Making Resume References Work for You The Right Way
Here’s how to use resume references properly and land the job you want in no time by standing out from the competition
What exactly are resume references?
You love the convenience of applying for everything online nowadays. From the comfort of your home (and your pajamas), you can peruse jobs and upload your resume for openings just about anywhere. By making it easier to apply for jobs, that also means that hiring managers have more resumes to sift through. And for the ease of digitalizing the company’s every litmus test, applications online have become more complex. Maybe you dread it when an online form takes you to the “Professional References” page, but the fact that competitive positions require these tells you something: even in those one-stop job posts where you can upload your resume and move on, including resume references is to your advantage. Offering contact information of coworkers and personal contacts as a testament to your character, and in many cases these contacts are never even called. The fact that you offer references makes an impression in itself, and your resume references format on your resume can high-light that fact.
Resume references page: built for adaptability
In standard resume format, references are typically built onto an independent page. Over the course of an in-person interview, candidates provided the resume and reference pages separately. You can start by searching for a resume references example on the internet, however this doesn’t have to be as heavily researched if your resume already has a defined style. Your reference page should be considered an appendix to the resume itself, and can duplicate the resume fonts and layout. If you don’t have many references due to a short job history, or little work in the industry you’re applying to, you can still use a separate reference page if you get a little creative. A reference page with too-few entries breaks the confidence that providing a reference page should bring. To get more creative, any resume references sample can be tested by plugging in the contacts you have. Be sure to print a copy to see how it looks. The added benefit of independent reference pages is that you can save several versions (with different references) independently of your resumes, and mix and match as appropriate for each job.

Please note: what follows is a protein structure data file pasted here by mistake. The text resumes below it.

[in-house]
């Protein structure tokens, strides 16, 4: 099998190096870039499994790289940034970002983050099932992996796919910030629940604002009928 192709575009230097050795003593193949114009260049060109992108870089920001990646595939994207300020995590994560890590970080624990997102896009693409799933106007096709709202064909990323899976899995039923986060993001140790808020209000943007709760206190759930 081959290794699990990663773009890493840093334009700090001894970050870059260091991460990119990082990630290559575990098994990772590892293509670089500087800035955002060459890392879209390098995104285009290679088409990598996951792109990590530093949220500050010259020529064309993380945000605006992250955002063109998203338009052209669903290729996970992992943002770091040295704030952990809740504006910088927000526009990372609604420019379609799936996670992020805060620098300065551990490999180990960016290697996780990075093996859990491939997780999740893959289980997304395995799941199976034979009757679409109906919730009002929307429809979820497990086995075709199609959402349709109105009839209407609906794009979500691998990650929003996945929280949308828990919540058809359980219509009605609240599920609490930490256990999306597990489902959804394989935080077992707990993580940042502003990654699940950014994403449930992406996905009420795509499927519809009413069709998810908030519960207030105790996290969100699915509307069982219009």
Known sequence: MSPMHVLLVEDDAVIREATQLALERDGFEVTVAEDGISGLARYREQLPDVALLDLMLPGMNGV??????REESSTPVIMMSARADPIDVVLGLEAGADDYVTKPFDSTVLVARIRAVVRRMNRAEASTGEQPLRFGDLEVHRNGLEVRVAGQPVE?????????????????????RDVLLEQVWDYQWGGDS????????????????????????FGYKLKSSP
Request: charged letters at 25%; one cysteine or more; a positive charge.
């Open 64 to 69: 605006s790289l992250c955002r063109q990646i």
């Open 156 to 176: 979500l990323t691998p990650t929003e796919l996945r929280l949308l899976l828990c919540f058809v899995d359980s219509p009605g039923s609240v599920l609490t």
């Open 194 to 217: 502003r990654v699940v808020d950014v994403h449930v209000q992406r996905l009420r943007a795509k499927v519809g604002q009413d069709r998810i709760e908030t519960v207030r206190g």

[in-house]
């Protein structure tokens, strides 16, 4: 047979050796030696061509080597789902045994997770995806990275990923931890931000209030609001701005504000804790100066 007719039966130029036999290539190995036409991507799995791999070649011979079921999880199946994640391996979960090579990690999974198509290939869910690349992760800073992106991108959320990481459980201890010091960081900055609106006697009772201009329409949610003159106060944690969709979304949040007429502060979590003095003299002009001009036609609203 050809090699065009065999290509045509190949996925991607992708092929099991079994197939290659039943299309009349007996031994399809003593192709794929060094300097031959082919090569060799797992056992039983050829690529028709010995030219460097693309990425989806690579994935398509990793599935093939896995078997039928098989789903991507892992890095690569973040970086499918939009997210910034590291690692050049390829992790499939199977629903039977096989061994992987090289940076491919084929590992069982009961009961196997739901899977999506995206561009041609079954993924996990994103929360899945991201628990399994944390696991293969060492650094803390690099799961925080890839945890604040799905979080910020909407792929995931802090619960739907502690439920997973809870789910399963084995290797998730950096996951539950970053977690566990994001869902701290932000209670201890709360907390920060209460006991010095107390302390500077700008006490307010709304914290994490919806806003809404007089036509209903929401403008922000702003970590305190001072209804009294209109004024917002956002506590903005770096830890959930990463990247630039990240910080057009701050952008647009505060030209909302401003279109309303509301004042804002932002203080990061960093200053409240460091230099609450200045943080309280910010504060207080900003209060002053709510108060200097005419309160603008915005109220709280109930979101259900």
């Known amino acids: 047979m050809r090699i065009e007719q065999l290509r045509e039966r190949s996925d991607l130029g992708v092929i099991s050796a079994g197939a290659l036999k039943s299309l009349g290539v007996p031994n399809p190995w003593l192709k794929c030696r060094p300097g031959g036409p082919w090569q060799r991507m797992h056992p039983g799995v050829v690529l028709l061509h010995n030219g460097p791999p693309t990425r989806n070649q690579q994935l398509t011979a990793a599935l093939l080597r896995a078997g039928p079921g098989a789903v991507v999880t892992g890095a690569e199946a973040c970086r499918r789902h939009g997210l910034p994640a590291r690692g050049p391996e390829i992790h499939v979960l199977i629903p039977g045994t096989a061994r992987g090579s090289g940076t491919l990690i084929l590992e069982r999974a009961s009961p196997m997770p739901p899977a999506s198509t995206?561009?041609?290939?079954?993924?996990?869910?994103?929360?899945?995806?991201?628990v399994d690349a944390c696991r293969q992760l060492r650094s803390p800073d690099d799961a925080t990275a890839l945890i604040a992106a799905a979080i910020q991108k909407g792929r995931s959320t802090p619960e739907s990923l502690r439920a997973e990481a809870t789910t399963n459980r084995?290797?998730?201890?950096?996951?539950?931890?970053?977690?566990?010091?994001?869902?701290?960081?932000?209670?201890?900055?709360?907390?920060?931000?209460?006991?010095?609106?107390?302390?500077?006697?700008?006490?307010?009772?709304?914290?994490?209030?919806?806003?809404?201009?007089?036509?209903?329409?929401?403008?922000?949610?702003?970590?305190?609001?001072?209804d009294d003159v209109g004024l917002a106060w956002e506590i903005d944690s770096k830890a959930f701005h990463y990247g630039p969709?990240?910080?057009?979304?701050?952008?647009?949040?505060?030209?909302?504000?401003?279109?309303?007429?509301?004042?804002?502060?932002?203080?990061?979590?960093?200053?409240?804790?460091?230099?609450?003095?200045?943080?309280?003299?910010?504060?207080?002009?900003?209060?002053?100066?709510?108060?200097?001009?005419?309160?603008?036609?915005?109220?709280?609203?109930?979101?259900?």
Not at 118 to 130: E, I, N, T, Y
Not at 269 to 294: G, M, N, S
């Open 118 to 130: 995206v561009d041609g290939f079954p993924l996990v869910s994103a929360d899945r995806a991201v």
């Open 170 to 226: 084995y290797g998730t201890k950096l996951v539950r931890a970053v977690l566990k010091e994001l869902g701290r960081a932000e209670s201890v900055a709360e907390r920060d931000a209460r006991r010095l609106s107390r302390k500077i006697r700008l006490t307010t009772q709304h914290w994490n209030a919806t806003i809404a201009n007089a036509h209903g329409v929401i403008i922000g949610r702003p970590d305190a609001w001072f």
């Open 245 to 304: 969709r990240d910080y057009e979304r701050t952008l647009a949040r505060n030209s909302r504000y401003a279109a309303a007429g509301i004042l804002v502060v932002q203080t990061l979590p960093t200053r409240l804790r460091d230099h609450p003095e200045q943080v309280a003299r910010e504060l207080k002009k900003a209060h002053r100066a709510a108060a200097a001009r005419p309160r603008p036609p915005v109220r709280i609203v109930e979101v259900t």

When you know references are a big deal, but need a different solution:
Maybe you’re a little self-conscious of your scanty reference list, or maybe you’re determined to keep all your presentation materials to a tight one or two pages. References can also be built as lists in your resume itself to save room, save paper, or distract from the small number on the list. Once you decide whether you like the idea of a page or a sub-section more, use these tips to build it right:
• For your resume references list, separate all contacts into categories
• Keep a master list of contacts to pick and choose from, by category, for specific jobs
• Shoot for a consistent number of references per job
• Talk to everyone you want to use in your references
• Save industry-specific versions of your reference page (or resume, with reference sub-sections)
Don’t hold back (or be lazy) if possible new references pop up over time. Continue refining your resume references pool, and never be afraid to ask the people who might be able to speak to your skills or character. Supposedly, these people are supposed to like you.
Cultivating reference and presentation materials
Building a list of references is something many job seekers choose not to do. When faced with that “required field” on an online application, coming up short can be a humbling experience. Get creative with your references sources; references are traditionally professional, but personal character references can be valuable as well. Most of all, having the forethought to collect references is a practice that is all the more beneficial for how uncommon it is. The crafting of references into your presentation materials will be straight-forward if you have a style already defined in your resume. Once you finish listing, vetting and talking to each of your potential references, building them into your resume is a breeze. Keep your lists fresh and industry-specific, and you will break through those application litmus tests way ahead of the rest. Keep your eyes out for more references tips on Resumes Land!